Birds like the Chickadee Sing in Spring and Summer
Naturalist and wildlife photographer Stan Tekiela shares with us his knowledge of the black-capped chickadee and other singing birds.
There is nothing like spring. Just stand outside for a minute or two and you will hear what I mean. Birds are singing. From all corners of the prairies, forests, and backyards, the birds are singing up a storm.
After a long, cold, and silent winter, hearing the birds is such a relief. Even as I sit in my office to write this column, I can hear black-capped chickadees singing their springtime song outside my open window. Funny thing is, the chickadee call is slightly different in various regions across the country. In the Upper Midwest, the song is a two-note song. In the Pacific Northwest, it is a three- to four-note song. Think of it as a type of accent. That’s right—birds have regional accents just like people. The reason for this might be more complicated than I can explain in this column, but know that birds often learn their songs by listening to their parents. This same accent can be found in other species such as the song sparrow.
Black-capped chickadees not only sing, but they also produce calls. Yes, there is a difference between songs and calls. Songs are musical with many notes strung together to make a pleasant-sounding melody. Calls are often sharp, non-musical sounds—more like alarms. The black-capped chickadee, for example, has its famous “Chickadee-dee-dee-dee” call. The number of “dee” notes on the end indicates how alarmed the bird is feeling.
Some birds, such as the northern cardinal, sing a wonderful, lengthy song—a loud and clear whistle that lasts 2 to 3 seconds. They often sing a song that sounds like “what-a-cheer-cheer-cheer,” which is often followed by a series of “birdie, birdie, birdie.” This is another bird that sounds different in other regions of the country. No matter where you go, they have the basic song structure, but the regional accents make cardinals sound slightly different.
When we think of bird songs, we often think of the males singing all the tunes. After all, isn’t it usually the male who is defending a territory or attracting a mate? However, in the cardinals, both males and females sing. Often the male is perched high up in a tree to belt out his song. The female will join him from a nearby tree and repeat what the male sings. This is called counter singing. They work together to defend their territory.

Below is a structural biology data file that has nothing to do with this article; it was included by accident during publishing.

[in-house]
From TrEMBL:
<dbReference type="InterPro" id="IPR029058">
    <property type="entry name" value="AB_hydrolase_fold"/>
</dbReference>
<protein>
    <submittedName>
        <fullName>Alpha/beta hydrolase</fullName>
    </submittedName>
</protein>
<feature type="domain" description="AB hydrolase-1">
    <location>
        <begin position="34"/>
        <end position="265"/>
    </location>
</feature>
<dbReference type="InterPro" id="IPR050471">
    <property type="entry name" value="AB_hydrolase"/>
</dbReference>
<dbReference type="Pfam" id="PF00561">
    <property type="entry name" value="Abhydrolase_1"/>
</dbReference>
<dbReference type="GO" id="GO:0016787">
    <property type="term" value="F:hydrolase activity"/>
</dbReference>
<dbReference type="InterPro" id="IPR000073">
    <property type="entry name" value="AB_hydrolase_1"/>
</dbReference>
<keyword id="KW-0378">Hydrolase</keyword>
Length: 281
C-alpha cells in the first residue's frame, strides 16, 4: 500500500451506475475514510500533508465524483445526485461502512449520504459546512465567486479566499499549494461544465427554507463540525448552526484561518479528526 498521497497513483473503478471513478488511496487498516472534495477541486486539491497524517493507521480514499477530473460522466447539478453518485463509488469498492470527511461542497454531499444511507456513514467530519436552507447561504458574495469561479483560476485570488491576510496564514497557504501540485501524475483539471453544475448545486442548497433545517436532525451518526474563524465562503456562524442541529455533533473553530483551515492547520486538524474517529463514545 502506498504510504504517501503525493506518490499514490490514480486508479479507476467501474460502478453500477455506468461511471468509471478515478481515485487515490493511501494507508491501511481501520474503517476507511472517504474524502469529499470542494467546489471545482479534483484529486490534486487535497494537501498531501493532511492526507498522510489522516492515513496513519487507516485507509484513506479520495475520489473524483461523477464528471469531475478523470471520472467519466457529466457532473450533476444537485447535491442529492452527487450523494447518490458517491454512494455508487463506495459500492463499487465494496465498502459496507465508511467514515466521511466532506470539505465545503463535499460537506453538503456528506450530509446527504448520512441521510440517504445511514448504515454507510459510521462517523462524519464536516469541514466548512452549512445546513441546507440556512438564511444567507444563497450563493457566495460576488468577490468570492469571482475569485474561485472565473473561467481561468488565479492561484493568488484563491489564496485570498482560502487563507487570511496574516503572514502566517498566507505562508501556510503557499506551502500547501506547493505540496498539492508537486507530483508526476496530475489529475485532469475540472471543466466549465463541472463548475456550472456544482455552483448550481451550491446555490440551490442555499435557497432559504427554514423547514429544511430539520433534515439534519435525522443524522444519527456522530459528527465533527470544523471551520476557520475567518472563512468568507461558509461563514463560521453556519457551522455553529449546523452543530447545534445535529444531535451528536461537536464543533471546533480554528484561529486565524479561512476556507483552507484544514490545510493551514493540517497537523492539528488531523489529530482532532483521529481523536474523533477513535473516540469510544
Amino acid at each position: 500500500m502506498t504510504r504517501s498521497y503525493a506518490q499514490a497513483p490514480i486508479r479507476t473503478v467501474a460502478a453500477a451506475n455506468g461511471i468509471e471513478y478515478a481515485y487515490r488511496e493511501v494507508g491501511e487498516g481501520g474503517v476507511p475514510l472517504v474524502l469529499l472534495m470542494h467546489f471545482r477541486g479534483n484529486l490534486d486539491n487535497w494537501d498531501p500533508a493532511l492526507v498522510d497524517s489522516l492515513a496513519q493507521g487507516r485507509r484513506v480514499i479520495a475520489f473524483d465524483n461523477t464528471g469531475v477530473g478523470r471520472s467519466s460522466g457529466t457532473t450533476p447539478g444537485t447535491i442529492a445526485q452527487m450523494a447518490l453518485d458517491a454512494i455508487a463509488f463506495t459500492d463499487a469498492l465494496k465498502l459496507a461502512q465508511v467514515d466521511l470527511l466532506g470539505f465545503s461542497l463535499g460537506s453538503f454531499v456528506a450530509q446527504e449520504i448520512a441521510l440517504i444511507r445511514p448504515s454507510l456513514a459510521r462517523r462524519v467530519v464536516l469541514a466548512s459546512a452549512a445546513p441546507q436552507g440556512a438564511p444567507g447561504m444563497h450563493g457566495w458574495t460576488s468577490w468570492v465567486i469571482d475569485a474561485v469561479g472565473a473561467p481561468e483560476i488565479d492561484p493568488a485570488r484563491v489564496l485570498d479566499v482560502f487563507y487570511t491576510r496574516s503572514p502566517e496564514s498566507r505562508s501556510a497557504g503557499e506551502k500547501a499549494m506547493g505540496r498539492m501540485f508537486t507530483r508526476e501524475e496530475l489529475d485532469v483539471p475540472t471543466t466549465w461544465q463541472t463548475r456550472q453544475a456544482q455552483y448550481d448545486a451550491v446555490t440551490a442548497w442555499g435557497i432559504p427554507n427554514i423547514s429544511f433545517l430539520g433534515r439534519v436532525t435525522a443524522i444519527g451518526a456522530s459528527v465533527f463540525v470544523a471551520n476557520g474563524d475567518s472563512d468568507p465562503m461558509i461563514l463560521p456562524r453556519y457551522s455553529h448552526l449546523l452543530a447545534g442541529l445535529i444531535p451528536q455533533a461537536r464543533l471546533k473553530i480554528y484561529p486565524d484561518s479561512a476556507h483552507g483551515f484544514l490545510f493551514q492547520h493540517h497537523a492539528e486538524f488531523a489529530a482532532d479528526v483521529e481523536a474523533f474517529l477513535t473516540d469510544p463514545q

Here in North America, male birds tends to be the songsters. However, worldwide, female birds sing just as much as males. So our male-dominated bird society is not the norm everywhere.
Some birds, such as woodpeckers, make a drumming sound. They seek out a hollow log, metal gutter, or stove pipe on your house and rapidly tap away. The sound of a woodpecker drumming echoes through the woods, announcing possession of a territory and attracting a mate. This is just as effective as singing a song.
Birds will sing all spring and into the summer. As long as they are defending a territory or nesting, they will be belting out songs. Birds will gradually stop singing, and the woods will fall silent again late in summer. But, for now, I suggest getting out and enjoying the sights and especially the sounds of spring.
If you enjoyed Stan’s post, you may consider one of his amazing nature books: Majestic Eagles; The Lives of Wolves, Coyotes, and Foxes; or Backyard Birds: Welcomed Guests at our Gardens and Feeders. Young readers will delight in his award-winning children’s books, such as Whose Butt?, Critter Litter, and his latest, Jump, Little Wood Ducks.
You can follow Stan on Facebook and Twitter, or contact him via his web page. Stan’s nationally syndicated NatureSmart Column appears in more than 25 cities spanning 5 states (Minnesota, Wisconsin, Michigan, Illinois, and Pennsylvania) and is circulated to more than 750,000 readers. Stan’s author page on Amazon features some amazing videos! Check them out, and follow him for updates.
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More posts from Stan:
Indigo Bunting—A Familiar Summer Visitor
The Nesting Behaviors of Sandhill Cranes
Big Birds, Baby Birds, Birds Everywhere
Stan Tekiela observes Marsh Wrens
The Magical, Mystical World of Sandhill Cranes